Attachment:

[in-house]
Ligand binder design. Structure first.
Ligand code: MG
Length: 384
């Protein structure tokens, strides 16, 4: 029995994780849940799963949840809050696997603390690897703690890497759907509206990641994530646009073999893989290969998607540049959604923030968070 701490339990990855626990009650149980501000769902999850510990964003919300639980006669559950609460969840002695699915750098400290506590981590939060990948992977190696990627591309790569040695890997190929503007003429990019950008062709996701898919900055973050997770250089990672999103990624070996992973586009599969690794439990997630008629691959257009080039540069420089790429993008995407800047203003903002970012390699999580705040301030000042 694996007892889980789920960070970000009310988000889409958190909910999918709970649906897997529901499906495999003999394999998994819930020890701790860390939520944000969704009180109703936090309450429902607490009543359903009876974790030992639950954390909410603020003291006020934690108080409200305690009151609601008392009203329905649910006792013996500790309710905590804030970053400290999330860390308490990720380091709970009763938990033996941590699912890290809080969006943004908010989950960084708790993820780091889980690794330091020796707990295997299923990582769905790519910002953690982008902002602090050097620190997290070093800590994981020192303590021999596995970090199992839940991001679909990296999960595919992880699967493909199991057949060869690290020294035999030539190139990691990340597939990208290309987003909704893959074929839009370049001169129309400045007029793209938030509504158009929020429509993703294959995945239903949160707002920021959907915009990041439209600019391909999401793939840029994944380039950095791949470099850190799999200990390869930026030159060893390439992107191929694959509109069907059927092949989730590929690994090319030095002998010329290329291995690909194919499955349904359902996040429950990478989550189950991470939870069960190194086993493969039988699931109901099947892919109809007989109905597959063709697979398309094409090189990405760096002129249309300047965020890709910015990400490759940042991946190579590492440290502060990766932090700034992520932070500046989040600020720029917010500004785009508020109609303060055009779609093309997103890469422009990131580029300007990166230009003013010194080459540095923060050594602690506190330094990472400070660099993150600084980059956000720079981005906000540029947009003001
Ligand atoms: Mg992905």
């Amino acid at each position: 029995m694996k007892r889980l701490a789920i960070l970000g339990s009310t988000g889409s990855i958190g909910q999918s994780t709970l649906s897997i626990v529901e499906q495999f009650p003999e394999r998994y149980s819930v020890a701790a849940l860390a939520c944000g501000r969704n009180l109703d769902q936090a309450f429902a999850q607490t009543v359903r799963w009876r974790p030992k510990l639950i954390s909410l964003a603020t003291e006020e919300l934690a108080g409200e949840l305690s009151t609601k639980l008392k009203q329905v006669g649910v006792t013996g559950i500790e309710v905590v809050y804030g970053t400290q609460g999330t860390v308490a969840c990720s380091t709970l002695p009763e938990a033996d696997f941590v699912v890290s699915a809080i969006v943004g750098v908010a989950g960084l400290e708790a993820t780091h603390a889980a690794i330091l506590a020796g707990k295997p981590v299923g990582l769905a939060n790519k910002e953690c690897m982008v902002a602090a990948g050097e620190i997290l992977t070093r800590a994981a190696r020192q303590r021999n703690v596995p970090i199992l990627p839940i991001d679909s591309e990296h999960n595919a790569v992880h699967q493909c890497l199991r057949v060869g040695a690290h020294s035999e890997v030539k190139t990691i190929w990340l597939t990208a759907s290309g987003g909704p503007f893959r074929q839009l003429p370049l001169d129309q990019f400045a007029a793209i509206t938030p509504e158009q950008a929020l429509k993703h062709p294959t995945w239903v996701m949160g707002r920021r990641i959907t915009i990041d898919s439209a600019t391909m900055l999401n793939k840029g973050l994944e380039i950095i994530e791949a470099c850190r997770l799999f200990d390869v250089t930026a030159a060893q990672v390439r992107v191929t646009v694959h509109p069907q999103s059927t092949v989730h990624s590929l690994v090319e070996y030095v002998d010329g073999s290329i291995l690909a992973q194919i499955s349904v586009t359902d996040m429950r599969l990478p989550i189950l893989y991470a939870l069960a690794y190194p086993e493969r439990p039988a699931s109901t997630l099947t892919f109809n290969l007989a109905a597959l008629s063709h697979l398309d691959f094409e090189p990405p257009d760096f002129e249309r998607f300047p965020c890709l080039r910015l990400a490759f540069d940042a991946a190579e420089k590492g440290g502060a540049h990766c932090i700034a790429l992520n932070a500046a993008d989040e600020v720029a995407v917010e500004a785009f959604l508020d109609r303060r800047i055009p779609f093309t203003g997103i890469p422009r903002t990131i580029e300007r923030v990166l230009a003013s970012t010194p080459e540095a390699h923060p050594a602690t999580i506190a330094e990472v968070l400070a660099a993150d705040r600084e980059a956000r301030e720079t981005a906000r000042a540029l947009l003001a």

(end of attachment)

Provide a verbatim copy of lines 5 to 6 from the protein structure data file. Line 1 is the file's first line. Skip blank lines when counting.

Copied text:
């Protein structure tokens, strides 16, 4: 029995994780849940799963949840809050696997603390690897703690890497759907509206990641994530646009073999893989290969998607540049959604923030968070 701490339990990855626990009650149980501000769902999850510990964003919300639980006669559950609460969840002695699915750098400290506590981590939060990948992977190696990627591309790569040695890997190929503007003429990019950008062709996701898919900055973050997770250089990672999103990624070996992973586009599969690794439990997630008629691959257009080039540069420089790429993008995407800047203003903002970012390699999580705040301030000042 694996007892889980789920960070970000009310988000889409958190909910999918709970649906897997529901499906495999003999394999998994819930020890701790860390939520944000969704009180109703936090309450429902607490009543359903009876974790030992639950954390909410603020003291006020934690108080409200305690009151609601008392009203329905649910006792013996500790309710905590804030970053400290999330860390308490990720380091709970009763938990033996941590699912890290809080969006943004908010989950960084708790993820780091889980690794330091020796707990295997299923990582769905790519910002953690982008902002602090050097620190997290070093800590994981020192303590021999596995970090199992839940991001679909990296999960595919992880699967493909199991057949060869690290020294035999030539190139990691990340597939990208290309987003909704893959074929839009370049001169129309400045007029793209938030509504158009929020429509993703294959995945239903949160707002920021959907915009990041439209600019391909999401793939840029994944380039950095791949470099850190799999200990390869930026030159060893390439992107191929694959509109069907059927092949989730590929690994090319030095002998010329290329291995690909194919499955349904359902996040429950990478989550189950991470939870069960190194086993493969039988699931109901099947892919109809007989109905597959063709697979398309094409090189990405760096002129249309300047965020890709910015990400490759940042991946190579590492440290502060990766932090700034992520932070500046989040600020720029917010500004785009508020109609303060055009779609093309997103890469422009990131580029300007990166230009003013010194080459540095923060050594602690506190330094990472400070660099993150600084980059956000720079981005906000540029947009003001
Ligand atoms: Mg992905």